The portion of your paycheck a creditor can garnish is limited by both federal and state laws. As with any other state exemption, each state set its own wage protection limitations. Some states completely exempt wages from creditor garnishment, particularly those earned by the ‘head-of-the-household’. New York, for example, shelters 90 percent of a debtor’s net wages. Only 10 percent in aggregate can be claimed by a debtor’s creditors. But as with the homestead laws, to protect your wages, you must follow your state laws. For instance, your state may require that you segregate your wages in a ‘wage exemption’ or ‘wage earner’ account. Wages commingled with unprotected funds lose their protection. Your wages are also protected under federal law. The federal Consumer Credit Protection Act (CCPA) limits wage garnishment to the lesser of: 1) 25 percent of the debtor’s disposable income per week (disposable income is the net paycheck after deducting federal and state withholding and FICA taxes); or 2) the amount by which a weekly disposable income exceeds 30 times the federal minimum hourly wage. Nor can exempt or protected wages be garnished by your creditor once you receive it, provided you keep the wages segregated from your non-wage funds. However, commissions, royalties, rents, fees and other forms of income may not fall within the wage exemption definition.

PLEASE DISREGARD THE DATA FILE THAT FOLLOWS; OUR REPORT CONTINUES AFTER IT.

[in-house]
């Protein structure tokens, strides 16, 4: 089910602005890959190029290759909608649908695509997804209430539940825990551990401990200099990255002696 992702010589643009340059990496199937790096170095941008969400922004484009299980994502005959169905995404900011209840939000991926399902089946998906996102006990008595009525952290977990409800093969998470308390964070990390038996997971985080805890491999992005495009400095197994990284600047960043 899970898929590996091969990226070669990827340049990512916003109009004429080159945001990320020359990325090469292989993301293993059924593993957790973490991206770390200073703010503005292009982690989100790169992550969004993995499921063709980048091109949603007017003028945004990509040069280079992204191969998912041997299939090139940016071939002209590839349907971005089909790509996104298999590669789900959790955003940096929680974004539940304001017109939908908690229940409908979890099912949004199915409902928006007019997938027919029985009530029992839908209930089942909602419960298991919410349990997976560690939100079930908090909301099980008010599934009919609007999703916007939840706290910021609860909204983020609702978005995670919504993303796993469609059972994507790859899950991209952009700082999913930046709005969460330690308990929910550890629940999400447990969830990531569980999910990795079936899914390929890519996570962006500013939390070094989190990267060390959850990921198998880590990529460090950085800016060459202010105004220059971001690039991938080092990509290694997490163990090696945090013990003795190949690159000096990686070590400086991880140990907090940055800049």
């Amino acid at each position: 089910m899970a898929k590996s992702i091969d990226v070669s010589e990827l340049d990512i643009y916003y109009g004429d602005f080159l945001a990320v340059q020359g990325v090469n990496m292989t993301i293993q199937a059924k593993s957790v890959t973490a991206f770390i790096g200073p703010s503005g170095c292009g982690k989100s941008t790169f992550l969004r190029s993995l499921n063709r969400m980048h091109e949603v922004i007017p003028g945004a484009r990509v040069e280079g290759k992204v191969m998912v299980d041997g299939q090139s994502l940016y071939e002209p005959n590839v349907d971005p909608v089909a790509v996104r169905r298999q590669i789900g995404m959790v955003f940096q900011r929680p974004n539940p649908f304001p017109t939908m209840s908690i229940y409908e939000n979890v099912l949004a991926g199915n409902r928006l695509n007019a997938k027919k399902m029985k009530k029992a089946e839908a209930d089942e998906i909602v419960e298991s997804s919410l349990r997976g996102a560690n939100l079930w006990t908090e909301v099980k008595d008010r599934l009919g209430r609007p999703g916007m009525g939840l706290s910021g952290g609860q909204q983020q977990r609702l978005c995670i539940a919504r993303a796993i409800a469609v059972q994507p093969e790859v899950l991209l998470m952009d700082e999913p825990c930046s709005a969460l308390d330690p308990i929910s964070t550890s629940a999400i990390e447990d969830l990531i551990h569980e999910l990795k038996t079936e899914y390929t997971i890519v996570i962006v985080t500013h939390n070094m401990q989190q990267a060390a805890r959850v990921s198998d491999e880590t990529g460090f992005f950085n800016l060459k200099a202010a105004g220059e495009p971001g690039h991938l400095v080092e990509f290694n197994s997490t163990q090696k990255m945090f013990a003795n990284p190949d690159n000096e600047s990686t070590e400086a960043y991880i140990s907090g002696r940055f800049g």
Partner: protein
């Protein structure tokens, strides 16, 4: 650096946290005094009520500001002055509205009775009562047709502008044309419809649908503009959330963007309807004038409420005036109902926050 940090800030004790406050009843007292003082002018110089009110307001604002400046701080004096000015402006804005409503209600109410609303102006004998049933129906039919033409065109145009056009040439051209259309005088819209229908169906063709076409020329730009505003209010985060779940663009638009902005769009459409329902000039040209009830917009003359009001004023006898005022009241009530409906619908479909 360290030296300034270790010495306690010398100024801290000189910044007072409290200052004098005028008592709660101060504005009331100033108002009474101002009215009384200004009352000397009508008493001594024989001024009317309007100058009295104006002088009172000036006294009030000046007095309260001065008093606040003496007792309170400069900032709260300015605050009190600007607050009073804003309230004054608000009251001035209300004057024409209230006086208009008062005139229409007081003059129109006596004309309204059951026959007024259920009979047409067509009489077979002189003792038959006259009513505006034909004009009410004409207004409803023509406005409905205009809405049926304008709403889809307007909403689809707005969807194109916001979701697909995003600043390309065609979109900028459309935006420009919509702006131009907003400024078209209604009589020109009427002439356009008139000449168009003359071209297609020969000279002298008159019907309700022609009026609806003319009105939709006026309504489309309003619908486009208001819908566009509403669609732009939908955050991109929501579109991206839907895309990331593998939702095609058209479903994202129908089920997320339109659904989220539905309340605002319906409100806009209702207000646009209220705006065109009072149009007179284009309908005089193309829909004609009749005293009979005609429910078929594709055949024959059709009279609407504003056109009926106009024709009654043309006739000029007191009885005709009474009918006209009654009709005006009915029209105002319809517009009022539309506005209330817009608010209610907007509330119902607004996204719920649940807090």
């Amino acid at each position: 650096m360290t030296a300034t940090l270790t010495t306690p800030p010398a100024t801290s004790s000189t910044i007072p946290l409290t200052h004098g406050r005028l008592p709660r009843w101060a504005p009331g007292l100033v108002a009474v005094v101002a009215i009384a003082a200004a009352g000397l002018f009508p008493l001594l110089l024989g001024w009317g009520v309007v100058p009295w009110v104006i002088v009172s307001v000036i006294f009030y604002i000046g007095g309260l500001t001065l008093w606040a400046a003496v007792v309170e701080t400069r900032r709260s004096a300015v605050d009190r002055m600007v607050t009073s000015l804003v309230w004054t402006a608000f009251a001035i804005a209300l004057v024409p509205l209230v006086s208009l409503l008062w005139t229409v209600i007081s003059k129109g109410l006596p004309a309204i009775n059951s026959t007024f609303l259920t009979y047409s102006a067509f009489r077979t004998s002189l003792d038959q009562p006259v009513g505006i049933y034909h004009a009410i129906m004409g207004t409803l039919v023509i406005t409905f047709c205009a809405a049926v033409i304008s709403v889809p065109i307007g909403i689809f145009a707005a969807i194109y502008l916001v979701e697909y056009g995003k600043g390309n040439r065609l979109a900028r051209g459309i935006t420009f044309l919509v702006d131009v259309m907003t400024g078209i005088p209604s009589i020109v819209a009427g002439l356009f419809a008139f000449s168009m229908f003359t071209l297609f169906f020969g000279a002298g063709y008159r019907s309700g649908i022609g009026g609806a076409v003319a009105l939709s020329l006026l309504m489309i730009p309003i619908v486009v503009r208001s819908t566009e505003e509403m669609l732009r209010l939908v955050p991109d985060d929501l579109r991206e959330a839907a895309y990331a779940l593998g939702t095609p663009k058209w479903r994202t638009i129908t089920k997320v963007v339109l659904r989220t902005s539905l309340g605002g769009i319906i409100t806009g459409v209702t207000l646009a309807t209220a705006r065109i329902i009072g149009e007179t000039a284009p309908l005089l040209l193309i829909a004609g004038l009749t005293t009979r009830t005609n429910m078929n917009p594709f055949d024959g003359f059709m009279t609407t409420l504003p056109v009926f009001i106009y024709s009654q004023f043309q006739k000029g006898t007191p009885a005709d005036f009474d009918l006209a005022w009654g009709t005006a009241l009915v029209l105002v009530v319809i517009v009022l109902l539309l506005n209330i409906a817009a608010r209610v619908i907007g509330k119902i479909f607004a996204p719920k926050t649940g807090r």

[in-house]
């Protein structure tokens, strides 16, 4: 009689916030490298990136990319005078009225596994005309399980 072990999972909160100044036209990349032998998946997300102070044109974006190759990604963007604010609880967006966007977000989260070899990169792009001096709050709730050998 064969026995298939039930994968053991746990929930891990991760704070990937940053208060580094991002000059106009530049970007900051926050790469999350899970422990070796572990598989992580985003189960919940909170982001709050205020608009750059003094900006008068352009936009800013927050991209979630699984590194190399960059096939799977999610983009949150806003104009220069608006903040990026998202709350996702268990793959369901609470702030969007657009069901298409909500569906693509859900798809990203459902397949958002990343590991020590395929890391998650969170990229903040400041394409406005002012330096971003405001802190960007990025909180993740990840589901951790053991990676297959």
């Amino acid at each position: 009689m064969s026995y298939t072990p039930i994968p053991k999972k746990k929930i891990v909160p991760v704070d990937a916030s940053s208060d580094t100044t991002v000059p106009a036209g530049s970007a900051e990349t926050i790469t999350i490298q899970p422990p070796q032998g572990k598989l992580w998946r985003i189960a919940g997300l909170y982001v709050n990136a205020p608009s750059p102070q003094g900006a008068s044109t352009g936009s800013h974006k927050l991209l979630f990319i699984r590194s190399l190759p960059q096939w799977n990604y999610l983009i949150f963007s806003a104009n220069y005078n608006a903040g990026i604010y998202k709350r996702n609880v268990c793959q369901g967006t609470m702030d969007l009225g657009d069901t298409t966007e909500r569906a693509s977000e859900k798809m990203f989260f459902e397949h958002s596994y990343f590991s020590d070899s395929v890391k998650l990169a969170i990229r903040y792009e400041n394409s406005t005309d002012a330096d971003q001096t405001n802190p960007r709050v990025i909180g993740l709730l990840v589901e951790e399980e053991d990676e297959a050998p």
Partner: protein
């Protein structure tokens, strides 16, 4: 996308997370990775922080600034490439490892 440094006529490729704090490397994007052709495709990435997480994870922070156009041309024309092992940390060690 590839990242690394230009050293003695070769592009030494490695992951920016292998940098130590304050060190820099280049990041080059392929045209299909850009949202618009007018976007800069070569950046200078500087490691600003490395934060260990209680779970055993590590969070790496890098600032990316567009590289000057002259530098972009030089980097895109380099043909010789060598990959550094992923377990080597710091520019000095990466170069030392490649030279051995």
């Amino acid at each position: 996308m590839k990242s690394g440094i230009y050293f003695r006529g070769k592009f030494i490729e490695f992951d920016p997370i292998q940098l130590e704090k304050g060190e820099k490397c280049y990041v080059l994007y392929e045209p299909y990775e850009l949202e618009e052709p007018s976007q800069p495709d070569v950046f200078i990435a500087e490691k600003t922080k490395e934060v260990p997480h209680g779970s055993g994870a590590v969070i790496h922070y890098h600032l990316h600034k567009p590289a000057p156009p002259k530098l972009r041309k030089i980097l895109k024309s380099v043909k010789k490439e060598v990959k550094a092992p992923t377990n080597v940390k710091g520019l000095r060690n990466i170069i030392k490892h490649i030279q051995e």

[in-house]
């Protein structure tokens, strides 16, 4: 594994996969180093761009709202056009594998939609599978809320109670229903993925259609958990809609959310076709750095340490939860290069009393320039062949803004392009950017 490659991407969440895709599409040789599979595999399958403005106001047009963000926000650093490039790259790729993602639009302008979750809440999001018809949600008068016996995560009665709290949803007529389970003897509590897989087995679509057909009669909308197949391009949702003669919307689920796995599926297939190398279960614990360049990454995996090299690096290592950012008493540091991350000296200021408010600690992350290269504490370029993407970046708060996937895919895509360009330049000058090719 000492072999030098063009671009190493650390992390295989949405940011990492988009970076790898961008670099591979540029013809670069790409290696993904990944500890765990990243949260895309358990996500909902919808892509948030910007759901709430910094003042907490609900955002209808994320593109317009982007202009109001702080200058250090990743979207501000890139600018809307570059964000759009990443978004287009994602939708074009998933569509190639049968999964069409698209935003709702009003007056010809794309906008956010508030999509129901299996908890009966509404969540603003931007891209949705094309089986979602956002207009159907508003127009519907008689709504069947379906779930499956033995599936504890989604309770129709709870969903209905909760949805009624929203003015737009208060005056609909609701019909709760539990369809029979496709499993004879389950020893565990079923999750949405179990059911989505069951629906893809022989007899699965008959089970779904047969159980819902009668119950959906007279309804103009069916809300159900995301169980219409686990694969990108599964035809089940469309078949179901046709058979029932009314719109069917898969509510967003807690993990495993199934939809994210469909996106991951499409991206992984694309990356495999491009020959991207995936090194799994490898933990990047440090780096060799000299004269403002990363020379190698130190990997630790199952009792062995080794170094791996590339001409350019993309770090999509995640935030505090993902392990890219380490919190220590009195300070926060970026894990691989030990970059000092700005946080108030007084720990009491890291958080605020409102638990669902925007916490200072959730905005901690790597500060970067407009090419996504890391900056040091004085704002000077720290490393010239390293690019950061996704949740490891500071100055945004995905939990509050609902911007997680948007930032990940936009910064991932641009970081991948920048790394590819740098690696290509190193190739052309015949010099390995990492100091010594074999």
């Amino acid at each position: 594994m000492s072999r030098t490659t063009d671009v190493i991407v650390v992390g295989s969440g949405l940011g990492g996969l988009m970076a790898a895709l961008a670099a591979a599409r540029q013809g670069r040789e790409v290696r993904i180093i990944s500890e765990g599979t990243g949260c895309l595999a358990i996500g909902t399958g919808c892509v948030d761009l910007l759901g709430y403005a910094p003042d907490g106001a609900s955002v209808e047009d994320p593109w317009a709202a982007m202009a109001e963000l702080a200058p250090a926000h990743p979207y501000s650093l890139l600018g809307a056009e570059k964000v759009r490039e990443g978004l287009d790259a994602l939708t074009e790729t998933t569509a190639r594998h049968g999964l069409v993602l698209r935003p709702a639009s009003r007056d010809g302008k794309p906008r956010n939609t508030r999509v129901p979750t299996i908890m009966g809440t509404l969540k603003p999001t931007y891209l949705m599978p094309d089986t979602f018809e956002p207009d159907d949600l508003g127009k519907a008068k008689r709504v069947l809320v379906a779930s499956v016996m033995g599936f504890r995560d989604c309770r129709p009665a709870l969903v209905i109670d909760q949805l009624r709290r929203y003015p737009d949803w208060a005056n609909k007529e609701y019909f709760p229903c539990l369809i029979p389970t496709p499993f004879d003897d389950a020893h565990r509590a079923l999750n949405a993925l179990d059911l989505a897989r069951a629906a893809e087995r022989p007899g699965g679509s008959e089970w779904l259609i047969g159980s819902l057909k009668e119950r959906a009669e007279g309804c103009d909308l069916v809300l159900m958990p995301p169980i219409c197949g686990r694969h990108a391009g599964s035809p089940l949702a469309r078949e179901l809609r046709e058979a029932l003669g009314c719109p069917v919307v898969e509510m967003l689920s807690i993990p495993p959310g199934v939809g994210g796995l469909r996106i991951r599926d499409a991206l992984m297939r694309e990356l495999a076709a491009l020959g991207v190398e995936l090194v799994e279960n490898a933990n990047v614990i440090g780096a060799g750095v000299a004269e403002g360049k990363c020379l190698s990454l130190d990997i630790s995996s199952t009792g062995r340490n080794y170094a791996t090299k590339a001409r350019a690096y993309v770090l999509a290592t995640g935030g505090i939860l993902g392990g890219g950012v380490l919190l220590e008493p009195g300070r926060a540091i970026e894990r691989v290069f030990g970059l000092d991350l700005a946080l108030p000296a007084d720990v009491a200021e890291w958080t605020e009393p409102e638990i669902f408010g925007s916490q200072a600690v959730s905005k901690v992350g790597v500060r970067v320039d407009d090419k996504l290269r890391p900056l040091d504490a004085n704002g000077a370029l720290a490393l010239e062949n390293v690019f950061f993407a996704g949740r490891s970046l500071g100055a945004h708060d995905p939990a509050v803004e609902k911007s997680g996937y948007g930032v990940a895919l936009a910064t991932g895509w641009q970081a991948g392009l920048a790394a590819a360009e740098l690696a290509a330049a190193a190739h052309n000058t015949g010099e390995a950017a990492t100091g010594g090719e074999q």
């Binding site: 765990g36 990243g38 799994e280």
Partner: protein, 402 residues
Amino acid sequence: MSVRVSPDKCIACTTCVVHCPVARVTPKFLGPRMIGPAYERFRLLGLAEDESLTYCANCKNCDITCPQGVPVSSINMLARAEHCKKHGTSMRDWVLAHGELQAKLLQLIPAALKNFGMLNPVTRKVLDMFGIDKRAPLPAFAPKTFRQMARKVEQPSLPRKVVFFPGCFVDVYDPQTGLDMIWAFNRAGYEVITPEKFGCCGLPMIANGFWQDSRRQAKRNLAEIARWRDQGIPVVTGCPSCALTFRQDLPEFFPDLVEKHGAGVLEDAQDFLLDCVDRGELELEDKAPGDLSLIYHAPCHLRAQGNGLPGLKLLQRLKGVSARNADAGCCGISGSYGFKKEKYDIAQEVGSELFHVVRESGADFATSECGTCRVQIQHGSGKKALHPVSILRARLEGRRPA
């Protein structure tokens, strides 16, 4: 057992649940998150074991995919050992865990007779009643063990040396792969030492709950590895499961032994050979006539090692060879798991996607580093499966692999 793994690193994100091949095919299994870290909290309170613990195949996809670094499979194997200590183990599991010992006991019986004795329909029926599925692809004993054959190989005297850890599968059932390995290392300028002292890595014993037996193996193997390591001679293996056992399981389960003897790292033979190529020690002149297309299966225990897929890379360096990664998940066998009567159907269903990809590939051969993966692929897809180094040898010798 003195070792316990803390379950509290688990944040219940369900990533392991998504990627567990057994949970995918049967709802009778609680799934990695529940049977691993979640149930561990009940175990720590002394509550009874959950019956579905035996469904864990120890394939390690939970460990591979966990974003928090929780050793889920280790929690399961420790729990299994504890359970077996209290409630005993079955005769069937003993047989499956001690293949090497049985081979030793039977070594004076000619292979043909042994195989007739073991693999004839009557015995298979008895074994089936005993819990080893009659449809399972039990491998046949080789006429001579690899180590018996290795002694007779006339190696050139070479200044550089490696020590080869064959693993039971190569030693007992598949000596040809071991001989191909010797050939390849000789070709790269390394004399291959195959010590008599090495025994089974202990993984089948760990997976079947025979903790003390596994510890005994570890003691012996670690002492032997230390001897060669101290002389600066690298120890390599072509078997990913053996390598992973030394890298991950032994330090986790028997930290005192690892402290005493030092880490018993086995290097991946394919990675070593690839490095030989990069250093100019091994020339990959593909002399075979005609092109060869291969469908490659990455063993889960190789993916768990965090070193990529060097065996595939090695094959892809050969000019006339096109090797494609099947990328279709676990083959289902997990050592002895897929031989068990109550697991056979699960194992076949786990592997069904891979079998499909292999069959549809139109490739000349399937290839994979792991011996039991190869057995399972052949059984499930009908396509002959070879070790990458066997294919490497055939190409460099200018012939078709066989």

One option to shelter your wages is to form a corporation and direct your wages to the corporation. For tax purposes, you can withdraw the money as loans. This simple strategy is sometimes used by debtors to temporarily shield non-exempt wages from creditors; however it isn’t a practical long-term solution. Moreover, your employer must be willing to treat your corporation as an independent contractor, and, understandably, few employers will agree to this. Another wage protection strategy is to make a prior wage assignment to a ‘friendlier’ creditor who then periodically ‘loans’ you money. Wage assignments must be in writing and in effect prior tothe creditor’s garnishment. As a practical matter, wage garnishments are usually not a prolonged problem. Most debtors under a wage garnishment, settle their case, file bankruptcy, or simply stop working.
There are several exceptions to the wage exemption laws. For instance, the Child Support Enforcement Act of 1975 overrides federal and state income exemptions for purposes of allowing a spouse to enforce alimony or child support orders. Alimony and child support payments are generally not exempt from garnishment by either the payer’s or recipient’s creditors. Support payments in some states have a limited exemption. Another exception is an IRS wage garnishment.